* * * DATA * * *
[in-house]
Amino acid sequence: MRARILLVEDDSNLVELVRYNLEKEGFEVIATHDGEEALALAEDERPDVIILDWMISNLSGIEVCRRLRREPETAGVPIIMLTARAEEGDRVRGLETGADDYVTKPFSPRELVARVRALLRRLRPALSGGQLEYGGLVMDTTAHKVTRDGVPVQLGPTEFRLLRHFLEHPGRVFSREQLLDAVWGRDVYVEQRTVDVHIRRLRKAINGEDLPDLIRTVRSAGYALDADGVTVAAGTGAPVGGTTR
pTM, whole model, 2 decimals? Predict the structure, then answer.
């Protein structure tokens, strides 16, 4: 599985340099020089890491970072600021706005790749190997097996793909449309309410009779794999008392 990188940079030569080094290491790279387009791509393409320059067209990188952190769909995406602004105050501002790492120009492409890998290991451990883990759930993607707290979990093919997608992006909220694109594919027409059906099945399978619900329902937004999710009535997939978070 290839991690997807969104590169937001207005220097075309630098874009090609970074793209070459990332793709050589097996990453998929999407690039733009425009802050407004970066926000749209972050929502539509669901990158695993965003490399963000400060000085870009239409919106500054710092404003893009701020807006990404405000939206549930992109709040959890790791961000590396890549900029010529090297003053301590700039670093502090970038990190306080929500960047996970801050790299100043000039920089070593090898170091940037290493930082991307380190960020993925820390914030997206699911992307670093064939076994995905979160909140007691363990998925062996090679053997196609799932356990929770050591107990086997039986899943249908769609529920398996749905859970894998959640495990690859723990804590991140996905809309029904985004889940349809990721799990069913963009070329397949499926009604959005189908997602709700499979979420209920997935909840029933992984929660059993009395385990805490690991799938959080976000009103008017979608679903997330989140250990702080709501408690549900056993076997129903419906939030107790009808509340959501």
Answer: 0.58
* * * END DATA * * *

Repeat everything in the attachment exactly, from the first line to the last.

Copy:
[in-house]
Amino acid sequence: MRARILLVEDDSNLVELVRYNLEKEGFEVIATHDGEEALALAEDERPDVIILDWMISNLSGIEVCRRLRREPETAGVPIIMLTARAEEGDRVRGLETGADDYVTKPFSPRELVARVRALLRRLRPALSGGQLEYGGLVMDTTAHKVTRDGVPVQLGPTEFRLLRHFLEHPGRVFSREQLLDAVWGRDVYVEQRTVDVHIRRLRKAINGEDLPDLIRTVRSAGYALDADGVTVAAGTGAPVGGTTR
pTM, whole model, 2 decimals? Predict the structure, then answer.
């Protein structure tokens, strides 16, 4: 599985340099020089890491970072600021706005790749190997097996793909449309309410009779794999008392 990188940079030569080094290491790279387009791509393409320059067209990188952190769909995406602004105050501002790492120009492409890998290991451990883990759930993607707290979990093919997608992006909220694109594919027409059906099945399978619900329902937004999710009535997939978070 290839991690997807969104590169937001207005220097075309630098874009090609970074793209070459990332793709050589097996990453998929999407690039733009425009802050407004970066926000749209972050929502539509669901990158695993965003490399963000400060000085870009239409919106500054710092404003893009701020807006990404405000939206549930992109709040959890790791961000590396890549900029010529090297003053301590700039670093502090970038990190306080929500960047996970801050790299100043000039920089070593090898170091940037290493930082991307380190960020993925820390914030997206699911992307670093064939076994995905979160909140007691363990998925062996090679053997196609799932356990929770050591107990086997039986899943249908769609529920398996749905859970894998959640495990690859723990804590991140996905809309029904985004889940349809990721799990069913963009070329397949499926009604959005189908997602709700499979979420209920997935909840029933992984929660059993009395385990805490690991799938959080976000009103008017979608679903997330989140250990702080709501408690549900056993076997129903419906939030107790009808509340959501």
Answer: 0.58